Blog Post|Industry Perspectives

Why B2B travel payment systems could be the key to transforming airline profitability

Air travel is a complex ecosystem, with many stakeholders involved, from booking to arrival at the destination, all linked by payments. However, when it comes to moving money, the burden falls harder on airlines, and these costs add up. In 2019–the last tracked year of ‘normal’ air travel–airlines spent $20.3 billion on payment costs – equivalent to approximately 78% of the industry’s net profit.

In an era where airline margins are under increasing pressure from new travel patterns, fuel costs, taxes, and more, payments are a key opportunity for transformation. The solutions available to facilitate payments have evolved rapidly in recent years, with consumers and businesses embracing direct payments, automatic reconciliation, virtual cards, and seamless cross-border transfers.

By implementing new tools and processes, airlines have the opportunity to upgrade their payments systems to gain competitive advantage and improve the payment experience for customers, partners and suppliers. Estimates indicate that airlines could potentially reap a further $2 billion in value by strategically addressing payments while also reducing ecosystem friction and improving customer service, but this requires the right partner.

Diagnosing the air travel payment process

The recent history of airlines is one of diminishing margins. After peaking in 2015, the EBIT margin of commercial airlines has been falling steadily; even before the impact of COVID, the margin in 2020 had only been projected to be 5.5% in 2020.

Airlines and travel agents are the primary points of sale for air travel. In this role, airlines accept payments on behalf of other stakeholders in the ecosystem – meaning they eventually need to reimburse other parties. In practice, this means that airlines forward around 10% of the total value of their transactions to others. The issue is that they also incur all the payment costs for the total transaction value.

What are the key drivers of airline payment costs?

An IATA study into airline payment costs found that payments create a range of additional costs, including:

  • 82% of associated costs went on payment fees, such as card transaction fees.
  • 9% of airlines’ total payment costs were attributed to short-term financing costs due to delayed settlement from acquirers, in addition to the cost of providing guarantees.
  • 5% went to fraud and associated losses
  • 4% was lost of operational expenditure and cost of running systems.

On the operational side, the wide range of stakeholders for whom airlines handle payments within the air travel ecosystem create extra reconciliation work for finance teams alongside the burden of transaction costs.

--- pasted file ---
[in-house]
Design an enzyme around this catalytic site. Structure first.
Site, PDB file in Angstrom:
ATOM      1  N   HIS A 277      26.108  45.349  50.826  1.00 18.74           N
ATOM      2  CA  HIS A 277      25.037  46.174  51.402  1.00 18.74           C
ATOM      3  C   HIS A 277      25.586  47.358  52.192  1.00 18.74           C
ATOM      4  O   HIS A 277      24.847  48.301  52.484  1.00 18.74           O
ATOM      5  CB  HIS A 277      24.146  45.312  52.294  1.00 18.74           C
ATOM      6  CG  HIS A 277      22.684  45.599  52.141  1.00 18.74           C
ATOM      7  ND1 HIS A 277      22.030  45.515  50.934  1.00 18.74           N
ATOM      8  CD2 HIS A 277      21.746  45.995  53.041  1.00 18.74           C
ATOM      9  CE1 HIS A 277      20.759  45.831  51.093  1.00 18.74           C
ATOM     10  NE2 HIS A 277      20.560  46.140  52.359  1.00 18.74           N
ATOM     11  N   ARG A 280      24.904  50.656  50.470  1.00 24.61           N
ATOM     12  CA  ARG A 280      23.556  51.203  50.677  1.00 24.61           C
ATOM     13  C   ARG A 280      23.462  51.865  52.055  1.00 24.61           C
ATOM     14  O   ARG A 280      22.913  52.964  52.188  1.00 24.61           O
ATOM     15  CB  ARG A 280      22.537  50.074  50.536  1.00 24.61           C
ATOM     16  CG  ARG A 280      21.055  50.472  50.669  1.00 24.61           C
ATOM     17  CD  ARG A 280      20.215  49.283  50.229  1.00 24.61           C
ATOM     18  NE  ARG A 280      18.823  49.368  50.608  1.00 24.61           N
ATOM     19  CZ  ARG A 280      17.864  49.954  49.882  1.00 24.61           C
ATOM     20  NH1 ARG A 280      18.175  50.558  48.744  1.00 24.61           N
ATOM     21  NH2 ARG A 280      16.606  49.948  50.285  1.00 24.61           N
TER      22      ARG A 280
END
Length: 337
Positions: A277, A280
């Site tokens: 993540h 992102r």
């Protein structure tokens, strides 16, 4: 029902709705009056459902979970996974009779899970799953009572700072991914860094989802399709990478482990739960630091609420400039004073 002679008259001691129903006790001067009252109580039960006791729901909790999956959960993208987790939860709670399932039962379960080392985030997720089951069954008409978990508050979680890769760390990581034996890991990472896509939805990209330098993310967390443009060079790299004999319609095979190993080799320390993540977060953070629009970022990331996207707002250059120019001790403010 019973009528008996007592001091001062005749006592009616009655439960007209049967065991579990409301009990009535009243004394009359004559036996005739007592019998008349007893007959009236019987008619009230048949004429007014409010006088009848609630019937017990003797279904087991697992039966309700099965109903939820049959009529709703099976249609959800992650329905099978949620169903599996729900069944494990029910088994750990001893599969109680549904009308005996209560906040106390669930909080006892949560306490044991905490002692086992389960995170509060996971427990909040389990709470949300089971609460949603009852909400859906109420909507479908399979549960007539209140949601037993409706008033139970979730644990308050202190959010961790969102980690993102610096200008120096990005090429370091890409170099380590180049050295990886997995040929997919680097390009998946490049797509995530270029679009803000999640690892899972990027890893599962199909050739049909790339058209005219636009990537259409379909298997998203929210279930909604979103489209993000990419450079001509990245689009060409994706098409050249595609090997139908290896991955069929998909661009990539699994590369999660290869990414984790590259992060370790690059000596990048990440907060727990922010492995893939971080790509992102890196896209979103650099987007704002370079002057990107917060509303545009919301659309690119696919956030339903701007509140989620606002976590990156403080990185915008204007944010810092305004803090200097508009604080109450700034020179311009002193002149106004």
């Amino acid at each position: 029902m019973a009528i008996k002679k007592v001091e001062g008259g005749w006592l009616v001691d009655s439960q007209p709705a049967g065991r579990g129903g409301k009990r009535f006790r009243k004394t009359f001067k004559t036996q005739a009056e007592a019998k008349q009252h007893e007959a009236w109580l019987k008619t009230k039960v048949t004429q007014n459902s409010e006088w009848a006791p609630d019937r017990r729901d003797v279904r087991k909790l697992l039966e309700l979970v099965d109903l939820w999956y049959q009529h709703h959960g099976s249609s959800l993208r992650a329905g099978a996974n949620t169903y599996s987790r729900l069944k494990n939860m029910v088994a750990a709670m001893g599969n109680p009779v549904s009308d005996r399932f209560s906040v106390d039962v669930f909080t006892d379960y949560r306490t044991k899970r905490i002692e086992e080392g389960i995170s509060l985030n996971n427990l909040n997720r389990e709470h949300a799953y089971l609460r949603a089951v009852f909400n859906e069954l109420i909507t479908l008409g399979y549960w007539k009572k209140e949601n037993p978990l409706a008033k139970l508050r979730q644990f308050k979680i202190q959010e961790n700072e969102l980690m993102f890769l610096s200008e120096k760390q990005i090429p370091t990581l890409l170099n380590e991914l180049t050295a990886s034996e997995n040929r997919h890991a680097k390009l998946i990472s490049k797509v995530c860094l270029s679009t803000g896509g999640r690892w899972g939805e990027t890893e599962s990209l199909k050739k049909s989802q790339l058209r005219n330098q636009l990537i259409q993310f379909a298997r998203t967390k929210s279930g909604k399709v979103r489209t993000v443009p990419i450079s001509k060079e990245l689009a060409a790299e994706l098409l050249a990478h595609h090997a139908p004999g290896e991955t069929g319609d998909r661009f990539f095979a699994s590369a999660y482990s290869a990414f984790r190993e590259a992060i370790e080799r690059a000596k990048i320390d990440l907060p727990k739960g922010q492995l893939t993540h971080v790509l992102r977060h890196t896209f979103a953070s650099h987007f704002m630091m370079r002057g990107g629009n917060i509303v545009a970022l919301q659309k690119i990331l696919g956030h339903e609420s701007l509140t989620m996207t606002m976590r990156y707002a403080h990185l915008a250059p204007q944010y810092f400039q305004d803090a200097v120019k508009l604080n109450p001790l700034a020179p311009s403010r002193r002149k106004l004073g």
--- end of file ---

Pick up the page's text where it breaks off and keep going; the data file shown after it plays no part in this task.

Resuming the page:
Meanwhile, credit cards still make up the majority of airline payments, with high associated fees. Airlines have to pay credit card companies between 1 and 3 percent of the ticket price on each transaction, driving up costs.

 Airlines have been able to improve margins on this process through the use of virtual credit cards (VCCs), with 74% of airlines citing cash flow improvement gained from shorter settlement cycles as the top benefit for accepting virtual cards. However, now there is a chance to go further.

Creating the next generation payment process

The next  challenge for airlines when it comes to payments is what’s known as a ‘double-loop payment process’. In this system, any payment method can be used to make payments without being a part of the system itself, which increases flexibility for customers.

However, it also puts additional pressure on the initial payment receiver – for airlines, once a customer makes a payment (first-loop), further payments then have to be distributed to each of the relevant suppliers and service providers (second-loop), such as airports and tax authorities.

In response to the complexity of double-loop systems, there is increasing interest in closed-loop payment systems, with 52% of U.S. and U.K. finance teams set to establish their own by the end of 2022 and 61% looking to develop one by the end of 2023. In closed-loop systems, the payment method is linked to the system itself, with the payment type optimized for the context in which it is used.

Closing the loop with Nium

After launching the widely-implemented airline VCC solution, Nium has now pioneered a new approach to airline payments by combining UATP rails for authorization with a bank payment transfer, using virtual cards for airline payments.

Nium Airline Payments (NAP) is an industry-first virtual B2B travel payment system that creates a more equitable and sustainable model between airlines and travel sellers, fully IATA compliant while guaranteeing payment for the airline. In this model, airlines’ funds are settled faster via daily bank transfers, while agents receive swift financial rewards for increasing airline distribution and revenue.

Airlines using Nium Airline payments can gain further benefits on top of VCC efficiency, including:

  • Lower costs from eliminating intermediaries in the payment flow
  • Improved speed and flexibility
  • Flexible incentives for partners and OTAs
  • Simple setup and no integrations, needing only a simple settlement agreement to route funds
  • Efficient, automated reconciliation

To find out more about the B2B travel payment system transformation opportunity, download our new guide ‘Closing the loop for air travel : A new payments model for airlines and online travel agencies’ or book a call with one of our payment experts.

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